Dr. George Crile, Sr., and Dr. Frank Bunts combine their resources to buy the surgical practice of the late Dr. Frank Weed.
Dr. William Lower joins the growing practice.
Dr. Crile, Dr. Bunts, and Dr. Lower go overseas to serve in military hospitals during World War I. Inspired by military teamwork, they make plans to found a new kind of medical center in Cleveland when the war is over.
Dr. Crile, Dr. Bunts, Dr. Lower, and a new partner (also a military veteran), Dr. John Phillips, open Cleveland Clinic as a not-for-profit multispecialty group care organization to provide patient care, research, and education. Dr. William Mayo delivers the keynote address at the dedication of the new offices on February 26, 1921.
Cleveland Clinic flourishes. A 140-bed hospital, laboratories, and a pioneering diabetes treatment unit are built. Patients and visitors include William Randolph Hearst, Charles Lindbergh, and government officials from the United States and abroad.
Volatile nitrate films stored in the basement of the outpatient clinic ignite and release a cloud of poison gas into the building. Heroic and self-sacrificing actions by caregivers and first responders save lives, but 123 patients, visitors, and caregivers die from gas inhalation. Cleveland Clinic rises from the ashes as a leader in quality, safety, and preparedness.
The Cleveland Clinic Quarterly (now the Cleveland Clinic Journal of Medicine) begins.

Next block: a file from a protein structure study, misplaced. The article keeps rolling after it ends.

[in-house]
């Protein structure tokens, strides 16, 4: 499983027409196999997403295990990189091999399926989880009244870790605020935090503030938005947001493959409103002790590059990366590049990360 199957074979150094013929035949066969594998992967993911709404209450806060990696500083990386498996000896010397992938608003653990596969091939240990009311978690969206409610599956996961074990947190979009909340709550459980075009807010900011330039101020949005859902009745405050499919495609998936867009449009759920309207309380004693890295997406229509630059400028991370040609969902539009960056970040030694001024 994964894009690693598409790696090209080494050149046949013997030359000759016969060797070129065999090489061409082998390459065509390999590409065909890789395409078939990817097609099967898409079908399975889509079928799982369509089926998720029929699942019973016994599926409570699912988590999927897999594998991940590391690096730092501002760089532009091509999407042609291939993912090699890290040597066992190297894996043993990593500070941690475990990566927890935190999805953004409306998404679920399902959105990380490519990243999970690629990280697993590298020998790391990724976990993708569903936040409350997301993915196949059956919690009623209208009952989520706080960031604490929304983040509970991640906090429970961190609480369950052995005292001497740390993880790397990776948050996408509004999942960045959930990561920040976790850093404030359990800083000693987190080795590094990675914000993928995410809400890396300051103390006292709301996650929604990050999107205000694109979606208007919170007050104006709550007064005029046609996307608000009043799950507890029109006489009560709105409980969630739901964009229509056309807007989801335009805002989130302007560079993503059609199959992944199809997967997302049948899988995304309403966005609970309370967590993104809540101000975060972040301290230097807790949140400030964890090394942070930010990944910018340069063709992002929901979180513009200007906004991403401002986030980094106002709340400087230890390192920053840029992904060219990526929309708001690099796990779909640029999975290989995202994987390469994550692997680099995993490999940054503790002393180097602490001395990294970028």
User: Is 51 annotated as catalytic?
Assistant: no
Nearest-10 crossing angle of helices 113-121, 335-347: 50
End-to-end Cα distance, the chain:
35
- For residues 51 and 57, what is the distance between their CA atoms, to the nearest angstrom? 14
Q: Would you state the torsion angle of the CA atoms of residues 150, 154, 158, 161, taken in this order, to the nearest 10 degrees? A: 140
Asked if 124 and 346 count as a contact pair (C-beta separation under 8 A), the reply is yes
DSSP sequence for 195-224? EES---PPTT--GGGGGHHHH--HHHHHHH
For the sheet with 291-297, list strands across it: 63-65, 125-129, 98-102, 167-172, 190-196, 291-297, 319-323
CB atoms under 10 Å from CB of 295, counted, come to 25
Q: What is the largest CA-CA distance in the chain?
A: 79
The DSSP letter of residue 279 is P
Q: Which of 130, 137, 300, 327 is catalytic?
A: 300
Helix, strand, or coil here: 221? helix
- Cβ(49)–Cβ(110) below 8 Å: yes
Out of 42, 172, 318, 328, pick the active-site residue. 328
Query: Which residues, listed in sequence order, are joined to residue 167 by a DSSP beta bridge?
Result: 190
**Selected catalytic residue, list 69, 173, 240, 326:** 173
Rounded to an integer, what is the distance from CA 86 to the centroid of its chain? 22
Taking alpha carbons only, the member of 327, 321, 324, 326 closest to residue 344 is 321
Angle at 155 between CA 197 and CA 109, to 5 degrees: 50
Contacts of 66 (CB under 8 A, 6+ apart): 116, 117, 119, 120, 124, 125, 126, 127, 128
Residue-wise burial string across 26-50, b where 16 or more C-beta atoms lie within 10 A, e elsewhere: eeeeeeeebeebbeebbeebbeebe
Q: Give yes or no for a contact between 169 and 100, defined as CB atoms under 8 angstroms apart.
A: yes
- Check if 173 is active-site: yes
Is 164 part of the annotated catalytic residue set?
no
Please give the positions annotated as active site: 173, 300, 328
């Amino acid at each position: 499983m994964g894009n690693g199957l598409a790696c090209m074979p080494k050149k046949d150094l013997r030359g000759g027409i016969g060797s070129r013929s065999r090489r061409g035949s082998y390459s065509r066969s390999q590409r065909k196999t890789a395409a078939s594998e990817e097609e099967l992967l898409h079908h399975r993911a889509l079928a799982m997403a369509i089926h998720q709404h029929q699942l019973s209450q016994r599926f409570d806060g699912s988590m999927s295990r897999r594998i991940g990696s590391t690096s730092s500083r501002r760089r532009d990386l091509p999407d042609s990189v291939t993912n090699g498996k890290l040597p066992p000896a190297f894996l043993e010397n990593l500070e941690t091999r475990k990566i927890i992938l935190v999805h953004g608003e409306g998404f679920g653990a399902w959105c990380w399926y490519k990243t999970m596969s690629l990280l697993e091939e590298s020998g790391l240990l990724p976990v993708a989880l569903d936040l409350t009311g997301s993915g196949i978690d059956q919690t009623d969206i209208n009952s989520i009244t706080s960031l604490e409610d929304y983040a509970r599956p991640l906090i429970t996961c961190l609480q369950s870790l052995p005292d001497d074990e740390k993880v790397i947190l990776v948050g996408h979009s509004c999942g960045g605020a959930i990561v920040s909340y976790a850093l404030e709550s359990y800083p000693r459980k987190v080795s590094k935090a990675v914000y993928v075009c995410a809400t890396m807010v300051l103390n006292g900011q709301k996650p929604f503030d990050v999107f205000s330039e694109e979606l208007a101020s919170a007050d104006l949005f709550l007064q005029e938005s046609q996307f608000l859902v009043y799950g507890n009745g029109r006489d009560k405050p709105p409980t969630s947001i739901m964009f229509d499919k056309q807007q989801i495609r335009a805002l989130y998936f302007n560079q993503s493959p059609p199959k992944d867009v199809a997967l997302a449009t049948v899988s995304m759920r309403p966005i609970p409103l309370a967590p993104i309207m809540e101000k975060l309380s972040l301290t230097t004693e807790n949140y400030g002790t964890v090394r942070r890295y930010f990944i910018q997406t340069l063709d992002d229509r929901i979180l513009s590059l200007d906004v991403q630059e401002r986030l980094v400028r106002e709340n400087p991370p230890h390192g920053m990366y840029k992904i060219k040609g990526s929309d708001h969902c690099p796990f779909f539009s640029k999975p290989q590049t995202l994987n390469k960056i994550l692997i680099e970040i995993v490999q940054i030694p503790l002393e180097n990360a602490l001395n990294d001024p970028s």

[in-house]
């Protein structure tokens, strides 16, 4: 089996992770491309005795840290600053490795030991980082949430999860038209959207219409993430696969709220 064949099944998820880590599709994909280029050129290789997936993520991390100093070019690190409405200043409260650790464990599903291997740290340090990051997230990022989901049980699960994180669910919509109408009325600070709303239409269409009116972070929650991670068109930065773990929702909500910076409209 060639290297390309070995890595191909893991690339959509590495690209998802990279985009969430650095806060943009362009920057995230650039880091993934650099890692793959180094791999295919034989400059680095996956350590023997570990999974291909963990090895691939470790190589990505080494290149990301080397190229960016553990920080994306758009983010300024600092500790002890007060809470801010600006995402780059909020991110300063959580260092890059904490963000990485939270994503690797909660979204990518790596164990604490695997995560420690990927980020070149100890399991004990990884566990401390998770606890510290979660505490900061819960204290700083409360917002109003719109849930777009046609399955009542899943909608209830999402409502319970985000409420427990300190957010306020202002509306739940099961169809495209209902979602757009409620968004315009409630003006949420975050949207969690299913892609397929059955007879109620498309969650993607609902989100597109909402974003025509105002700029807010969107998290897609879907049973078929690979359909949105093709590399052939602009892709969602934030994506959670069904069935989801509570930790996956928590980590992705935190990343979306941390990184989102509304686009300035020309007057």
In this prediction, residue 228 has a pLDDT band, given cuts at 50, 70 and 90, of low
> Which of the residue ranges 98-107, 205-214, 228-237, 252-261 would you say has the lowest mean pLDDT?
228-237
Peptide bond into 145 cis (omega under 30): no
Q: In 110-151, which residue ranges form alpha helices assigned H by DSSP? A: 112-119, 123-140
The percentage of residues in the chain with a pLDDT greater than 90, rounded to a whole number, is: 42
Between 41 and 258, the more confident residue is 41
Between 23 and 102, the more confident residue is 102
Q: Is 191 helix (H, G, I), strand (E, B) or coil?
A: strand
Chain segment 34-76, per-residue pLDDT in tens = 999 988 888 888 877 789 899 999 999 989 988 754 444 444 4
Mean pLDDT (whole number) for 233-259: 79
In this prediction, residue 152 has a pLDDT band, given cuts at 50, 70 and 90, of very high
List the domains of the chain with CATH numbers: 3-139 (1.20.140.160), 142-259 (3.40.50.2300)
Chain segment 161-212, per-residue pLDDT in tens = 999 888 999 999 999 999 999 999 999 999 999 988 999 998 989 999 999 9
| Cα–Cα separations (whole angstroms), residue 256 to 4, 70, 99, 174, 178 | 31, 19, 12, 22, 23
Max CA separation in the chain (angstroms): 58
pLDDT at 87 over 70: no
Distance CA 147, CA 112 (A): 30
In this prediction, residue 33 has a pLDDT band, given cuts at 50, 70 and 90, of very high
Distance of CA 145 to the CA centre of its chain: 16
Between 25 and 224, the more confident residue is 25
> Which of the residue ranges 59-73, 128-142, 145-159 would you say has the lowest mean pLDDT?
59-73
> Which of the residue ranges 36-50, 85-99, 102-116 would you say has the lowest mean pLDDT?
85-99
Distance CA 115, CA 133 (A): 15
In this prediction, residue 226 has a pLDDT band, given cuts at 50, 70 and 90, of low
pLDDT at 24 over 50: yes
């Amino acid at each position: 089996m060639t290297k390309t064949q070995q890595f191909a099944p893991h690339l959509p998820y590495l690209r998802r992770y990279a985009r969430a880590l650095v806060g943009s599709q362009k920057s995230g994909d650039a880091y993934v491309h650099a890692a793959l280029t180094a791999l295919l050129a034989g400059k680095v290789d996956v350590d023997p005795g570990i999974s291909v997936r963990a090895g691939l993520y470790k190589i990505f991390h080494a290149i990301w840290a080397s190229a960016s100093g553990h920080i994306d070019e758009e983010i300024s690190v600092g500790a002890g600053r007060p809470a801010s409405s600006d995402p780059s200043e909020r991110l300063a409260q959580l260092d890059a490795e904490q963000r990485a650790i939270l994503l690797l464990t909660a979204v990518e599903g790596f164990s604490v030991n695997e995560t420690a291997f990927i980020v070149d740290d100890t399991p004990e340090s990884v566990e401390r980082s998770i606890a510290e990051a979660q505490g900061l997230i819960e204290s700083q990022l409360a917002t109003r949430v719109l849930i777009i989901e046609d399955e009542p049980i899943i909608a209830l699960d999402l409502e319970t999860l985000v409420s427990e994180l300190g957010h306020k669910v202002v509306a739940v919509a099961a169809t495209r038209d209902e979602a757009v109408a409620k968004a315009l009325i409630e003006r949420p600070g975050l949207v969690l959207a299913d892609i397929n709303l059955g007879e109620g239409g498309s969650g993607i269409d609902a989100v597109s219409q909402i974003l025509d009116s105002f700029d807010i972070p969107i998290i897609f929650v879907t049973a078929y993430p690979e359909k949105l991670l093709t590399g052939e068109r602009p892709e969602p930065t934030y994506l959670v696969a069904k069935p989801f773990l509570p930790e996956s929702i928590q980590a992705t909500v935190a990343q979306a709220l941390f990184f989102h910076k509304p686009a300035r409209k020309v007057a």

During the Great Depression, Cleveland Clinic doubles in size to 740 caregivers, including doctors, nurses, and support personnel.
Cleveland Clinic's Naval Reserve Unit establishes Mobile Hospital No. 4 in the South Pacific theater of war.
Dr. Maurice M. Rapport, Dr. Arda Green, and Dr. Irvine Page isolate and name serotonin, now known to be an important neurotransmitter.
Dr. Willem Kolff, inventor of the kidney dialysis machine, refines and improves the device at Cleveland Clinic.
Cleveland Clinic continues to grow. A new hospital building doubles the number of beds.
The organization's first physician-led board of governors is chosen, ending a period of mixed physician and lay administration and beginning a new era of physician leadership.
Cleveland Clinic surgeons perform one of the world's first stopped-heart surgeries, using a heart-lung machine developed in partnership with local industry.
Dr. Kolff, head of artificial organs research, implants the first completely artificial heart in a lab animal.
Dr. F. Mason Sones discovers selective coronary cineangiography at Cleveland Clinic, making ...